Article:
Open Excellence donors support independent investigative journalism on critical issues in mental health care through a multiyear grant to the Mad In America webzine – free of industry influence, providing a resource that elevates high-quality research and coverage of under-reported areas of excellence and of concern around the world.
Separating fact from the fiction of industry-controlled research and marketing has become the life’s work of many of today’s PhD researchers. It is no wonder that busy doctors, policy makers and the public alike are making critical decisions about mental health care largely in the dark and too often without realizing how compromised so much of the research really is.
MIA Reports cover critical unfolding events in mental health care, such as pandemic response in state-run institutions and the nexus of race, disability and state violence.
Reports also track emerging technology and trends with potential impacts on the social justice and civil liberty of people with mental health challenges and provide in-depth analysis of both new and foundational research and practices, highlighting failures and identifying emerging solutions.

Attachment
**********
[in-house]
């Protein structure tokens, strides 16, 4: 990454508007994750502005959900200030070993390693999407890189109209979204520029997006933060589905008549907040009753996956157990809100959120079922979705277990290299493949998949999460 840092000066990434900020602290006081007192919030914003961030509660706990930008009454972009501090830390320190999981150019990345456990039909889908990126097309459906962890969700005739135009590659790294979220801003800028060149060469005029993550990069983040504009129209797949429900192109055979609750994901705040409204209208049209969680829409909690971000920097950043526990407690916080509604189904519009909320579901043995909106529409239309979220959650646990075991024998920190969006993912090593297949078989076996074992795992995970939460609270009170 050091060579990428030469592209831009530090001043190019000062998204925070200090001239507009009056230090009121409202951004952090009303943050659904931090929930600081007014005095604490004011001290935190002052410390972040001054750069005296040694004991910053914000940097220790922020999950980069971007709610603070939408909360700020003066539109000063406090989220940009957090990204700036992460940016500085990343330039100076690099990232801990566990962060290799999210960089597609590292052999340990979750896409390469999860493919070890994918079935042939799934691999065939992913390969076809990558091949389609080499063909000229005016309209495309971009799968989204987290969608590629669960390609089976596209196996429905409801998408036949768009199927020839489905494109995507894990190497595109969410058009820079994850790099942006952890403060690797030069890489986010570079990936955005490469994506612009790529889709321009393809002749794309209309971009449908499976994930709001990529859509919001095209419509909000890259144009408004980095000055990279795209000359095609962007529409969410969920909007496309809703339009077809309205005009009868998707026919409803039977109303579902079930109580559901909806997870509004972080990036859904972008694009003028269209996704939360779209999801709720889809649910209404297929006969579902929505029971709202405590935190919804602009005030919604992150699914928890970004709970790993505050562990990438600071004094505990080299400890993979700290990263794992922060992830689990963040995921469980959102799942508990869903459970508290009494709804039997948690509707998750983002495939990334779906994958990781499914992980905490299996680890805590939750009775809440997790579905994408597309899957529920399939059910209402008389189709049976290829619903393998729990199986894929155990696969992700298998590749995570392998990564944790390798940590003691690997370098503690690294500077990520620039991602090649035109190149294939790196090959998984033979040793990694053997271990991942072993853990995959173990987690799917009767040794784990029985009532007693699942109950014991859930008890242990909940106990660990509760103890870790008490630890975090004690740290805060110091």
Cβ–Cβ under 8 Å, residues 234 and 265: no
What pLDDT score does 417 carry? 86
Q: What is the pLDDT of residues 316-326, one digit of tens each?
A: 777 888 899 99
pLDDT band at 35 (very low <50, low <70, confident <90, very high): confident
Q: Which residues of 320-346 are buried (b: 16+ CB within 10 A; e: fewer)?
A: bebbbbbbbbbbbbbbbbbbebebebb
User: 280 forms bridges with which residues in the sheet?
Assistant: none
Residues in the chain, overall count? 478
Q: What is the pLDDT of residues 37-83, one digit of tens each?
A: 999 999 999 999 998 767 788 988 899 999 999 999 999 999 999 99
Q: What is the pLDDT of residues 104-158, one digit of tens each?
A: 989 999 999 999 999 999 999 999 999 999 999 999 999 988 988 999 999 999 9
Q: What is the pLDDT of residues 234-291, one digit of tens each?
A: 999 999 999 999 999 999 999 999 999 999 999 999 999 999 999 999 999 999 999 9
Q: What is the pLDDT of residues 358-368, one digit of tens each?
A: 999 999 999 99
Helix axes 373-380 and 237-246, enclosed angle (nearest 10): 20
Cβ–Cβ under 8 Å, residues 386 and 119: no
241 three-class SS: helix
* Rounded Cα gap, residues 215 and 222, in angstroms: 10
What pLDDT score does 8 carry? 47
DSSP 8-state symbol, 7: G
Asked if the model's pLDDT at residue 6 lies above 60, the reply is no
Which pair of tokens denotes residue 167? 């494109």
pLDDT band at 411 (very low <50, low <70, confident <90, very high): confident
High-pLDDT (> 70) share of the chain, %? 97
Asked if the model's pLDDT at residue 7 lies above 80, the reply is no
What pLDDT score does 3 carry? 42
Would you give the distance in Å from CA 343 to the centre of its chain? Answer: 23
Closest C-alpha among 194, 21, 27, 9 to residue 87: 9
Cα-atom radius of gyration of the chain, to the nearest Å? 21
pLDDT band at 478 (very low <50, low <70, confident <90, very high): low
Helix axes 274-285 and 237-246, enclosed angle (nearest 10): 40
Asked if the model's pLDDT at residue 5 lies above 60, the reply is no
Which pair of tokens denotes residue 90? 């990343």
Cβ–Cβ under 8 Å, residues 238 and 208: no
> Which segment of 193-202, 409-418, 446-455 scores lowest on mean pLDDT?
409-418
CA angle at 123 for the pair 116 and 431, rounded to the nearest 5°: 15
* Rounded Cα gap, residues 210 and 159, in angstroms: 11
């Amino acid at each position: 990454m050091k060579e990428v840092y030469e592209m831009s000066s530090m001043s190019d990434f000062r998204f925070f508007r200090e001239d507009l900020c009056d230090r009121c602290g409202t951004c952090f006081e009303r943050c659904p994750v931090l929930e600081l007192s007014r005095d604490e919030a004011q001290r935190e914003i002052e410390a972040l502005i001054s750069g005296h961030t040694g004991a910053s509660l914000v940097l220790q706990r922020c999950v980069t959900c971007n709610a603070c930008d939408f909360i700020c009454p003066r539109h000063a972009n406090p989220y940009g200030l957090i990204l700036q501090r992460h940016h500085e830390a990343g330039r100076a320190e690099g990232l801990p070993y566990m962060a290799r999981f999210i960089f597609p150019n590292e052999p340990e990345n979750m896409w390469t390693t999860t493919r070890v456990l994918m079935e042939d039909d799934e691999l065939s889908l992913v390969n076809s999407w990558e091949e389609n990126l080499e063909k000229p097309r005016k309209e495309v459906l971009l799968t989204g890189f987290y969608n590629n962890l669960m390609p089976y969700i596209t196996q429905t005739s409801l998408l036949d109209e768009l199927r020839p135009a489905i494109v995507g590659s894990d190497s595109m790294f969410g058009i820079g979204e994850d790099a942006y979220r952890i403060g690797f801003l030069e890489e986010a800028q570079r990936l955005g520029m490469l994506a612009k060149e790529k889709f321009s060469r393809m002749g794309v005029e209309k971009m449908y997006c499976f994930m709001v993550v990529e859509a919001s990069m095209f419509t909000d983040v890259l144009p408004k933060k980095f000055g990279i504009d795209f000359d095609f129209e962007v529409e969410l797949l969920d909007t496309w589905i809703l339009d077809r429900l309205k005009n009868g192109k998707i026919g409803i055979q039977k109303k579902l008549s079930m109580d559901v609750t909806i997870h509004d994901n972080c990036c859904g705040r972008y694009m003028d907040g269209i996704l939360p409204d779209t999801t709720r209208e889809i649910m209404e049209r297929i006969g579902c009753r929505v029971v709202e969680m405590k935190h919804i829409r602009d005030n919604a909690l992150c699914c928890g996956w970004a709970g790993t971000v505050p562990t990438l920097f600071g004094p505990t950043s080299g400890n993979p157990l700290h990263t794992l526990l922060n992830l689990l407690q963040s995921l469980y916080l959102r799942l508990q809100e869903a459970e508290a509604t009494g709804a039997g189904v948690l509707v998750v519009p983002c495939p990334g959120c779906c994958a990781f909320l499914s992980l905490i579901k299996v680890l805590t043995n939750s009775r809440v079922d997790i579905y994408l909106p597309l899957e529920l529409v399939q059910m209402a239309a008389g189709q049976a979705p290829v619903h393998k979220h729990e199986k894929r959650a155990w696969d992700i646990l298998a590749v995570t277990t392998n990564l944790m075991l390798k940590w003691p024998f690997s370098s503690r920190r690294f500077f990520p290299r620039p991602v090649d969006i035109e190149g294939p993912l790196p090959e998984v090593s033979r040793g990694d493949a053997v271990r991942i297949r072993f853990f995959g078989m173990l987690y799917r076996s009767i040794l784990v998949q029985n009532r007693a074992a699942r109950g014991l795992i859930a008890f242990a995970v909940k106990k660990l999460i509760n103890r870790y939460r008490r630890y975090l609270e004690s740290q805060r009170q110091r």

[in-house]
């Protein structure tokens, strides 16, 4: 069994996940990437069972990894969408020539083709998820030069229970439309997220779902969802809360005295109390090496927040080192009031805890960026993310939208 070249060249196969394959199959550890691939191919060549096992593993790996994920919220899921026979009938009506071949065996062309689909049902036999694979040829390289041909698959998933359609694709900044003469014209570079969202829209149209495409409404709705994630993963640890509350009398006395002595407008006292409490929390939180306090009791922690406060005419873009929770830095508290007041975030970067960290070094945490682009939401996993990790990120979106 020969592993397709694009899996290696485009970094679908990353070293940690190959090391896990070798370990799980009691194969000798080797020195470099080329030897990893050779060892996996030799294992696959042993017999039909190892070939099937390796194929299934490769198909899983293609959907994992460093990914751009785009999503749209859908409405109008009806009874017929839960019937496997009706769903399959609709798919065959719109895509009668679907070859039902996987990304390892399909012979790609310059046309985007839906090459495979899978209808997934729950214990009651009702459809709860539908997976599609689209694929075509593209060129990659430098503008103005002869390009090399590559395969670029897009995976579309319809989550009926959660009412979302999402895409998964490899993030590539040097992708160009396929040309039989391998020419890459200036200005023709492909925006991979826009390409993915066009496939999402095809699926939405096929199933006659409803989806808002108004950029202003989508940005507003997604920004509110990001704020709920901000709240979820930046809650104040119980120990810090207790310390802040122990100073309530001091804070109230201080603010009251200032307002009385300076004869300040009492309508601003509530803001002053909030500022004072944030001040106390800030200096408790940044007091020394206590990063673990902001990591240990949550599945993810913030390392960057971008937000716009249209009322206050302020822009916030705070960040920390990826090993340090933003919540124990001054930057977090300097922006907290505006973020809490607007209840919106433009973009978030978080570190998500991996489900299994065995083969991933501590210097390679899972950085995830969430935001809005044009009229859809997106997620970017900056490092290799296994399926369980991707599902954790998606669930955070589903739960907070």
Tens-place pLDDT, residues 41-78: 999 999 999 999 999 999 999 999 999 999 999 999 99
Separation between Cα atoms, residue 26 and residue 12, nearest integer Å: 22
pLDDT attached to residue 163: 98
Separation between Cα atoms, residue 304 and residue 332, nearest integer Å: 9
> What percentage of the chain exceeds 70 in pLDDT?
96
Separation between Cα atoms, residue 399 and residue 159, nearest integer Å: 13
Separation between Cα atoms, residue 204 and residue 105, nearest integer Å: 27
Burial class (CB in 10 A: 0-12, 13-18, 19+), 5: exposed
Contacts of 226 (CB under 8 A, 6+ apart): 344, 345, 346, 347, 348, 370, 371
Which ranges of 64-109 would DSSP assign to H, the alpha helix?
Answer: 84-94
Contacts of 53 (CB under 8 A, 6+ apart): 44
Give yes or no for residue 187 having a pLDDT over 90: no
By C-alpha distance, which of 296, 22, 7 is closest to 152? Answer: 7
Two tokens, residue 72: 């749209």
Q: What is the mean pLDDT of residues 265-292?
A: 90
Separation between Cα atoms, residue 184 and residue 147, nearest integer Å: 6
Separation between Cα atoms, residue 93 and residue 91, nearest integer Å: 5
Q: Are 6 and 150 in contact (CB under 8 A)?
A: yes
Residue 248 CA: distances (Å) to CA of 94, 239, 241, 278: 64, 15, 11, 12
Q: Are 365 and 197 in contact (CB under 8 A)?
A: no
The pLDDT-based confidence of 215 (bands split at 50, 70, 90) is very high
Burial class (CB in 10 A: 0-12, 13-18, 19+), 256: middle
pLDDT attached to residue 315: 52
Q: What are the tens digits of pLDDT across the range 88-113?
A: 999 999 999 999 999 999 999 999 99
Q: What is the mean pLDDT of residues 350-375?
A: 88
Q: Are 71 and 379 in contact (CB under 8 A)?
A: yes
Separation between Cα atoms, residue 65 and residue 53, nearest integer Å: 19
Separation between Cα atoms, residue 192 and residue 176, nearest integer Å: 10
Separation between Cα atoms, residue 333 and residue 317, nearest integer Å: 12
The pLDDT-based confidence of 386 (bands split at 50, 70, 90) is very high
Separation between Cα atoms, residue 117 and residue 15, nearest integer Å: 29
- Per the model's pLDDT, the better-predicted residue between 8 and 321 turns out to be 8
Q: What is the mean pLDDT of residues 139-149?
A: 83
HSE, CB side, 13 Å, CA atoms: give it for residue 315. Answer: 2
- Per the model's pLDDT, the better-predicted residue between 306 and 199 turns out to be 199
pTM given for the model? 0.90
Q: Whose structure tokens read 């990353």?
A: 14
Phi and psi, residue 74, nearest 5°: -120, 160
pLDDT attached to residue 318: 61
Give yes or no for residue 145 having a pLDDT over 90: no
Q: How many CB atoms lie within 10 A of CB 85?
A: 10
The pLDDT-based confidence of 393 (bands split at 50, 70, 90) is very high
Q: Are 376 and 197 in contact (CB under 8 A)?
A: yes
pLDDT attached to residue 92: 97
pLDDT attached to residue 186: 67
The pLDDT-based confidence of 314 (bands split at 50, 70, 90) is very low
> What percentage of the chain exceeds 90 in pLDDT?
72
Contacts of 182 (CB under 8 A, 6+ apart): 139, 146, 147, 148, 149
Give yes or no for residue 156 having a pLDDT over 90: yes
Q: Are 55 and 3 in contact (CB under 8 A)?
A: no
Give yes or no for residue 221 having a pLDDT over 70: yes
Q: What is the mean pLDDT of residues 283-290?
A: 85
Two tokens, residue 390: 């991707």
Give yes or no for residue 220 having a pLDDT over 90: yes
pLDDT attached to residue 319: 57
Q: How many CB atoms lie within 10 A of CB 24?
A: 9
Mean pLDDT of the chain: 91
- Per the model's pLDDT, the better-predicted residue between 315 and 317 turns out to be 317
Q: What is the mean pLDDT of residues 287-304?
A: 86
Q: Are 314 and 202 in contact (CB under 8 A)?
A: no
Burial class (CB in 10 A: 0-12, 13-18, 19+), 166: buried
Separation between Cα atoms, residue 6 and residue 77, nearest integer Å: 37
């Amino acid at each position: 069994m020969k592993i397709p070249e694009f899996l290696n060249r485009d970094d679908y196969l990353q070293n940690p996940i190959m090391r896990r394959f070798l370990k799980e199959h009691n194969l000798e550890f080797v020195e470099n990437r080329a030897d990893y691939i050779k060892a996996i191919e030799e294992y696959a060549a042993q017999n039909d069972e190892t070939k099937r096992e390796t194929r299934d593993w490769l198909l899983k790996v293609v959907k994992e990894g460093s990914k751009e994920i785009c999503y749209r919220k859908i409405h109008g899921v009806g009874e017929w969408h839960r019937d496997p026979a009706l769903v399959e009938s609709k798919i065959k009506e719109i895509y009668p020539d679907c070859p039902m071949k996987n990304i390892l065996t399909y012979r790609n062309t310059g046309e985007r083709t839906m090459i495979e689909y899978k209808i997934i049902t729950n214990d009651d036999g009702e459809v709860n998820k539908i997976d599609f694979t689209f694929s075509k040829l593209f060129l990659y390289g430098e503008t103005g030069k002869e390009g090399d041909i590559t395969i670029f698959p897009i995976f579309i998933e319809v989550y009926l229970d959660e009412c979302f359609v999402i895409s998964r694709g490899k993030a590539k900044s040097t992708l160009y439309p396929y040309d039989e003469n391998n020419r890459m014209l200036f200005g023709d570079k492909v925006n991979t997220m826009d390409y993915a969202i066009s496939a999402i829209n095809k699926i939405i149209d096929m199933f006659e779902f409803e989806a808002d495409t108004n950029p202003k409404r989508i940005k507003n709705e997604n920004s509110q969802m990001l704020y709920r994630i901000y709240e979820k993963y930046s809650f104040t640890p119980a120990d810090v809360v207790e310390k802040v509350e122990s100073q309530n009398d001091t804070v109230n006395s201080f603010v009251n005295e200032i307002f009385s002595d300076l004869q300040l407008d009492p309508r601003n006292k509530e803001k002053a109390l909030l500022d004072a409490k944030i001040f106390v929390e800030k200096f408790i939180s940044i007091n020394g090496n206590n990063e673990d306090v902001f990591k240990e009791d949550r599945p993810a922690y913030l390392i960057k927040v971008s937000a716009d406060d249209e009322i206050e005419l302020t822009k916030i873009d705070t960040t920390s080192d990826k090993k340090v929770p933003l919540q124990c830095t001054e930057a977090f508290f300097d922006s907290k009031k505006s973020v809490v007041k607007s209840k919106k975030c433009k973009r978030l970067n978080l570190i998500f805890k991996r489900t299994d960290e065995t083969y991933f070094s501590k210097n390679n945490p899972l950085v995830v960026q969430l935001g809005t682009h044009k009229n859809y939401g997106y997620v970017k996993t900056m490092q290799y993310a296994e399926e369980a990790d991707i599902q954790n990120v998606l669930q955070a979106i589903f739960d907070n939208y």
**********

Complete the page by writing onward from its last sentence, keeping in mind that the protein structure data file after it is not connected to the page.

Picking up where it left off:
The rights of people with disabilities are a bellwether for the rights of societies at large.
“We need little short of a revolution in mental health care to end decades of neglect, abuse and violence…I am calling on States to move away from traditional practices and thinking, and enable a long overdue shift to a rights-based approach. The status quo is simply unacceptable,” wrote United Nations special rapporteur Dainius Pūrius in 2017.
Open Excellence support for the development of these right-based approaches to care and for reporting on these practices at Mad In America and its international affiliates are lighting the fires for the necessary revolution in care.